First, 21st-century observers of religion have noted that the geocentric shift of Christianity has moved from the northern hemisphere to the southern hemisphere. The most visible manifestation of this shift is the rapid rise of charismatic renewal within the body of Christ. Following the cloud of God’s decisive movement in our time has far-reaching implications for the Church. First Corinthians 1:27–29 says: “But God chose the foolish things of the world to shame the wise; God chose the weak things of the world to shame the strong. He chose the lowly things of this world and the despised things — and the things that are not — to nullify the things that are, so that no one may boast before him.” An ordinary person can do extraordinary things when fully yielded to God.
Second, from adversity we discover our identity. The New Testament church grew during persecution. It is through the scattering that God’s decisive kairos (time) is realized. Seymour was vigilant and steadfast during the dark days of adversity.
Third, from Seymour we learn that oral theological discourse is valid within a literary culture. Many New Testament gospel narratives survived through the medium of oral tradition. George Buttrick stated: “Scholars grope through deserted shrines in search of God, while He can be found by a lowly saint upon his knees.” When leaders seek God’s will through prayer and postpone their selfish agendas, they can be assured of the advent of surprise by God.
Fourth, God does not promise success, but does require faithfulness. Seymour’s premature death at 52 years old is troubling. Though dead, the historical legacy of William J. Seymour speaks from the grave. God rewards faithfulness.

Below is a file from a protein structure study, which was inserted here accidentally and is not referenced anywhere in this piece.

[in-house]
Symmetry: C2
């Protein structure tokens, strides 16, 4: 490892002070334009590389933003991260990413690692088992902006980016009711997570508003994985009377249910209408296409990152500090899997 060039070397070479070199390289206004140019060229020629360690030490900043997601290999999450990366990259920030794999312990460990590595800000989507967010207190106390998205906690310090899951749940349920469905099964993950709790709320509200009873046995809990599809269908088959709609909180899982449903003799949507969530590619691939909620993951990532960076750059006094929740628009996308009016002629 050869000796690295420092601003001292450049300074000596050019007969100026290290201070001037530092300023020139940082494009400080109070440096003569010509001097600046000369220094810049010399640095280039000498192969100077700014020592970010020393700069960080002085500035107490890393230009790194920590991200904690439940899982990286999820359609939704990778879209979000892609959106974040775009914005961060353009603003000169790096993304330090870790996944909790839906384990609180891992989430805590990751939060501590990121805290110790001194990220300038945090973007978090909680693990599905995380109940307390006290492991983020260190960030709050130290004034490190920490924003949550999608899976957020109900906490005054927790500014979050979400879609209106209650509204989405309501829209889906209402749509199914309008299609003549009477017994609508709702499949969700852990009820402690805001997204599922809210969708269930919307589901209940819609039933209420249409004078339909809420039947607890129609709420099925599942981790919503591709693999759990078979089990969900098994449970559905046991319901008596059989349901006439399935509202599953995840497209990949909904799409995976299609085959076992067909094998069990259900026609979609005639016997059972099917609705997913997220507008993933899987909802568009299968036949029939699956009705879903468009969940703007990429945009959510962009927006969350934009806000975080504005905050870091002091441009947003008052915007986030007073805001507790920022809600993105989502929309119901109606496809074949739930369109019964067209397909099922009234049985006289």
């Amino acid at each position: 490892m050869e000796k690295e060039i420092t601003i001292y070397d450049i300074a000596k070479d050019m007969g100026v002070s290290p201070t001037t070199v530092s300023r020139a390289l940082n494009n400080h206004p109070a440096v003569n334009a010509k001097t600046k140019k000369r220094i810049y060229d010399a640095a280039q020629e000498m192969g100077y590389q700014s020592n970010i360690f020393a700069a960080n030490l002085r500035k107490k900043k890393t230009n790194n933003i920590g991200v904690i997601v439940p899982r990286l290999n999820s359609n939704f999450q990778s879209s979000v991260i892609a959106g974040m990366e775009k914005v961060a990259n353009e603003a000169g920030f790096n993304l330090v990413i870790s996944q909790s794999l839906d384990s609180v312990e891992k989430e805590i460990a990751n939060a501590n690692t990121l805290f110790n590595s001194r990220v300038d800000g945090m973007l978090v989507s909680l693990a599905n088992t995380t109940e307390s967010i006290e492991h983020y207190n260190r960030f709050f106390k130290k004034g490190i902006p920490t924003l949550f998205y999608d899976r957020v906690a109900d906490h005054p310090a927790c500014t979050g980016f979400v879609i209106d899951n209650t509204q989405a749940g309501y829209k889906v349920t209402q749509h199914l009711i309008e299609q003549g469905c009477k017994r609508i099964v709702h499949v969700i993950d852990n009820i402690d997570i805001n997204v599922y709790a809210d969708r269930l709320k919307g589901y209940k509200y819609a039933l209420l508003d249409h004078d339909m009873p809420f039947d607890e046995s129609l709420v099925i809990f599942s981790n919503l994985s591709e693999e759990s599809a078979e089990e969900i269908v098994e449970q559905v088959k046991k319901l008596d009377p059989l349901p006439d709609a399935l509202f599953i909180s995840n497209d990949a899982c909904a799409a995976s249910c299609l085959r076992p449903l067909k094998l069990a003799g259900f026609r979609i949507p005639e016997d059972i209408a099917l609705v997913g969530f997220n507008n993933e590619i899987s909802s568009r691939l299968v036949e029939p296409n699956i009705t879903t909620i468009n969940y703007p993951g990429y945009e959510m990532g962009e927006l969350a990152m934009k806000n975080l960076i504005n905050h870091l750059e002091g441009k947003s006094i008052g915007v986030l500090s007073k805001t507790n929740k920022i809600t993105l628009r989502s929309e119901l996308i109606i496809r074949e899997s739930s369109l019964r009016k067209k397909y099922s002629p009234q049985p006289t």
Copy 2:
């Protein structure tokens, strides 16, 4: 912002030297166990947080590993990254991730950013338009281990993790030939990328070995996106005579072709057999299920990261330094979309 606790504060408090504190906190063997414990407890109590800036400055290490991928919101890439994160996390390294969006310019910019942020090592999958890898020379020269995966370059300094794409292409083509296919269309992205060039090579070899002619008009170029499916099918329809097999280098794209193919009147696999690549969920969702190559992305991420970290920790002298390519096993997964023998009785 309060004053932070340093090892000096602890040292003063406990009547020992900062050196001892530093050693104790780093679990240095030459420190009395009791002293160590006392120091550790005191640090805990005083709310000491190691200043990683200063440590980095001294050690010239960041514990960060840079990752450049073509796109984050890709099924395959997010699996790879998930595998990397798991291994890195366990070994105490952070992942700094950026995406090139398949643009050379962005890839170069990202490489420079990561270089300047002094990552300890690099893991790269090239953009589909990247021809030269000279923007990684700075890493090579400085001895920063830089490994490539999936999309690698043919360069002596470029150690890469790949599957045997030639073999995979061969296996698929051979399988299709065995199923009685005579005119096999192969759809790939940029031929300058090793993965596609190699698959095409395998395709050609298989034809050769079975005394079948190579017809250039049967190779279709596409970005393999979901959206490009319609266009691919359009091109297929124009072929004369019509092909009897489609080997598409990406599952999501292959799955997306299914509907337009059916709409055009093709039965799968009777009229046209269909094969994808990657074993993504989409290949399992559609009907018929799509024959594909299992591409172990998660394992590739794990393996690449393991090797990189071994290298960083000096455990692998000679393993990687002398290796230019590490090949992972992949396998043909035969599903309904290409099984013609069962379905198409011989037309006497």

Fifth, when the debate regarding the progenitor of modern Pentecostalism has ended, we must make a choice. Walter J. Hollenweger, renowned authority on world Pentecostalism, has succinctly stated: “In the final analysis the choice between Parham and Seymour is not an historical but a theological one. Where does one see the decisive contribution of Pentecost: in the religious experience of speaking in tongues as seen by Parham, or in the reconciling Pentecostal experience as seen by Seymour (which of course includes glossolalia as an important role)?”9 Will your choice be tongues of men and angels or agape love? Athens or Jerusalem? Africa or Europe? Topeka or Los Angeles? Babel or Pentecost? Polarization or unity? Separation or reconciliation? Bondage or liberation? The Azusa Street revival bore fruit that was reconciling, ecumenical, and reflective of authentic koinonia between God and His creation. Ought we do less?
1. Mel Robeck, “William Joseph Seymour,” in The New International Dictionary of Pentecostal and Charismatic Movements, ed. Stanley M. Burgess and Eduard Van Der Maas (Grand Rapids: Zondervan, 2002, 1053–1058; Corroborated in Douglas Nelson, “For Such a Time as This: The Story of William J. Seymour and the Azusa Street Revival,” (Ph.D. diss., University of Birmingham, England); and in Cheryl J. Sanders, Saints in Exile: The Holiness Pentecostal Experience in African-American Culture (New York: Oxford University Press, 1996).
2. C.W. Shumway, “A Study of the Gift of Tongues” (A.B. thesis, University of Southern California, 1914).
3. Larry Martin, The Life and Ministry of William J. Seymour (Joplin, Mo.: Christian Life Books, 1999), reprinted from John G. Lake, “Origin of the Apostolic Faith Movement,” The Pentecostal Outlook, September 1932, originally written in 1911.
4. Lake, “Origin of the Apostolic Faith Movement.”
5. Martin, 155.
6. Frank Bartleman, How Pentecost came to Los Angeles (Los Angeles, Calif., 1925).
8. Leonard Lovett, “The Black Origins of the Pentecostal Movement,” in Aspects of Pentecostal-Charismatic Origins, ed. Vinson Synan (Plainfield, N.J.: Logos, 1975); German Ross, History and Formative Years of the Church of God in Christ(Memphis, Tenn.: Church of God in Christ Publishing House, 1969).
9. Walter J. Hollenweger, Pentecostalism: Origins and Developments Worldwide (Peabody, Mass.: Hendrickson Publishers, 1997) 23.